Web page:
To orient ourselves to the historical sequences in our ancestors' lives, we need the underpinning of dates and locations. The launching platform we've built so far for some research questions, however, provides scant details with which to even begin our quest.
Take the research question I've been grappling with this month. I'm trying to determine the identity of Mary Carroll Gordon's parents. Mary, my mother-in-law's third great-grandmother, was the first wife of William Gordon of Monongalia County in old Virginia, who moved with her husband to what later became Greene County, Pennsylvania. There, they raised their many children. And there, at a relatively young age, Mary died.
If it weren't for the headstone left as her memorial, I wouldn't even know any orienting details about her lifespan. What the marker reveals in the Gordon family cemetery in Greene County, Pennsylvania, is that Mary, wife of William Gordon, died June 3, 1812. The headstone also provides her age—best I can read it—as thirty eight years, nine months and twenty four days. A Find A Grave volunteer entered her date of birth on that website as August 10, 1773.
Therein lies the problem, not only with determining the exact timeline for Mary's life, but for ascertaining correct dates. As it happens, the Howard Leckey book, The Tenmile Country and its Pioneer Families, lists Mary's birth as occurring August 29, 1773. More concerning, her date is provided not as the headstone's 1812, but as 1814.
Two hundred years later, not many people would find themselves quibbling about a two year discrepancy. But genealogists would. Generally speaking, such dates become added to a string of identifiers helping us know we are, without a doubt, talking about the right individual.
Likewise, as we've already seen, we are hard pressed to find accurate dates for Mary's presumed father, Anthony Carroll of Monongalia County, across the disputed state line in Virginia. While hundred year old local history books report Anthony's date of death as 1832, we find his will presented in court in February of 1830.
With such blurred timeline details to guide us, all I can say for this family is that the birth of Mary's children, beginning with eldest son James Gordon in 1794 (at least, according to the math on his headstone), seems to allow for a mother who could have been born around 1773.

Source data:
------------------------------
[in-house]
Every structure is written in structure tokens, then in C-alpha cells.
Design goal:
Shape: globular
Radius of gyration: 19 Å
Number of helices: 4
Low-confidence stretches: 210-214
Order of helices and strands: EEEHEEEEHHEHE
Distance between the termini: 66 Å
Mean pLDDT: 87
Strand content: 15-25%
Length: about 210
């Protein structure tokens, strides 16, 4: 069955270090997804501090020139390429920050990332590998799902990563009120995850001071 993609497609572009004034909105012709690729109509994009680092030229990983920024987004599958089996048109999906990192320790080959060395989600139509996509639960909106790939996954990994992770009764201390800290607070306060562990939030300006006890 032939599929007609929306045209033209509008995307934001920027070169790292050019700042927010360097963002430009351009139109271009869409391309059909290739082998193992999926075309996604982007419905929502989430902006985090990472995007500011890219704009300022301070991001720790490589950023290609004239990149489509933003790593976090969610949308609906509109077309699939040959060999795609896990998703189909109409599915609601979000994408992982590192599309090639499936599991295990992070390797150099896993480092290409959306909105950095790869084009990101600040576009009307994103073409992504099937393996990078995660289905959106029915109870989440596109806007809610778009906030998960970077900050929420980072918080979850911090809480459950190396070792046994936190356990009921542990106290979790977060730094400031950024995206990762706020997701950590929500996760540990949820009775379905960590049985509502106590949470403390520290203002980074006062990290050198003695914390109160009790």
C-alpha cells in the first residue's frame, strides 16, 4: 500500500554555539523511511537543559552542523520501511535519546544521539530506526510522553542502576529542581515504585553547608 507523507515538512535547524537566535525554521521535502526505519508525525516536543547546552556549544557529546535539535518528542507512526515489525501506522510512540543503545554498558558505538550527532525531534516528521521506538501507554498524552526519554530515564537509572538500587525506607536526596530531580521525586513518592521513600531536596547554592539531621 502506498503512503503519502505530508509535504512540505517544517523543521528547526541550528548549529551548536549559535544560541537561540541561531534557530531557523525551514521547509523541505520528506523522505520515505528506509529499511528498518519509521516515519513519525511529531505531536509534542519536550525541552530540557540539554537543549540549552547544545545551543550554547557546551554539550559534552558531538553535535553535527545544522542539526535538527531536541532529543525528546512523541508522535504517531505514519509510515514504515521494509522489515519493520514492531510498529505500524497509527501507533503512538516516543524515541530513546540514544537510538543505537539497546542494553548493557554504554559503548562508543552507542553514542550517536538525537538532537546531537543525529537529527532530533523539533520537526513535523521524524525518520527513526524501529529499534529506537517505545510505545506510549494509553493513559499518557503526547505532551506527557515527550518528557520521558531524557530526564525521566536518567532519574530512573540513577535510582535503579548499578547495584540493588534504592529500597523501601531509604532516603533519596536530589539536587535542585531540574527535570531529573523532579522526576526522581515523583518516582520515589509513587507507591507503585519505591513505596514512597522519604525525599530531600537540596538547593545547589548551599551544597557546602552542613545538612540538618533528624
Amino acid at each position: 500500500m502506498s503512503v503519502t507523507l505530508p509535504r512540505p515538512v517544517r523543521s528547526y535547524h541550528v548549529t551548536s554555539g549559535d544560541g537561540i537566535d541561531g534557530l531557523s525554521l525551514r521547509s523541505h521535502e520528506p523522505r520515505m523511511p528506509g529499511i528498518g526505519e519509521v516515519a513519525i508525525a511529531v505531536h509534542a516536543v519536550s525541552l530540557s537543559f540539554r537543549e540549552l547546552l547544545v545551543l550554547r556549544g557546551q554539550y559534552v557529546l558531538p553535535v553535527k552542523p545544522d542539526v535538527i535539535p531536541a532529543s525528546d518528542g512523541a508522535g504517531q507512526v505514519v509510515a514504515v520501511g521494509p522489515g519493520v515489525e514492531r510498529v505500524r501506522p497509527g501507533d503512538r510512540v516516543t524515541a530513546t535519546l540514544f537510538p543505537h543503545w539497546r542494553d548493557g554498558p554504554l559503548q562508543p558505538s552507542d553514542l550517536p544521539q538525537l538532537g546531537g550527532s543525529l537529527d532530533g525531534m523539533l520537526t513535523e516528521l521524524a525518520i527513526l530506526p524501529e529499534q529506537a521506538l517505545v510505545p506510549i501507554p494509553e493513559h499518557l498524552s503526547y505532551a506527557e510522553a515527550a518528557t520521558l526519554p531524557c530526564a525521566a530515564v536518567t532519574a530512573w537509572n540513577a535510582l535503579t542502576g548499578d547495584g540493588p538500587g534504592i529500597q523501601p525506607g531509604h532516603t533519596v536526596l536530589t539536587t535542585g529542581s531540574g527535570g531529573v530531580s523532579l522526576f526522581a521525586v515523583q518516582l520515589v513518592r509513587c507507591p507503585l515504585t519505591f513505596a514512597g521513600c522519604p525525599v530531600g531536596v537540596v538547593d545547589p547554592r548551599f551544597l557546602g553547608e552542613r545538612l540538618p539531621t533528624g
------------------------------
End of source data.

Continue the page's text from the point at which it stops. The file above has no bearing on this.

And yet, those calculations don't quite help us pin down the time frame for Mary's possible father, Anthony Carroll. He could have been a young father. He could, just as easily, have been more advanced in age by the time of his youngest child's birth, especially if we accept the possibility that the report of his earlier life, according to A History of Preston County, West Virginia, was correct, at least about his four wives.
All that to say, when we try to determine who that fourth person named of Anthony Carroll's "children" in his will might have been, it is near impossible to pin a date of birth on "James Walls" or engage any other research toe-hold on his identity. While I can guess that James Walls might have been son of Anthony Carroll's fourth wife—labeled as "a Mrs. Walls" by the History of Preston County—there simply is no documentation available online that I can find so far to verify or contradict that assumption, barring a trip to investigate the actual records held in that location.
However, there is yet another possibility—although a remote one—to examine, concerning the possible identity of James "Walls." I say remote, because I'm not entirely convinced, given the dates we've already mentioned. But neither can I pass it by without at least a mention. We'll take one last look at this other branch of an intertwining family line next week.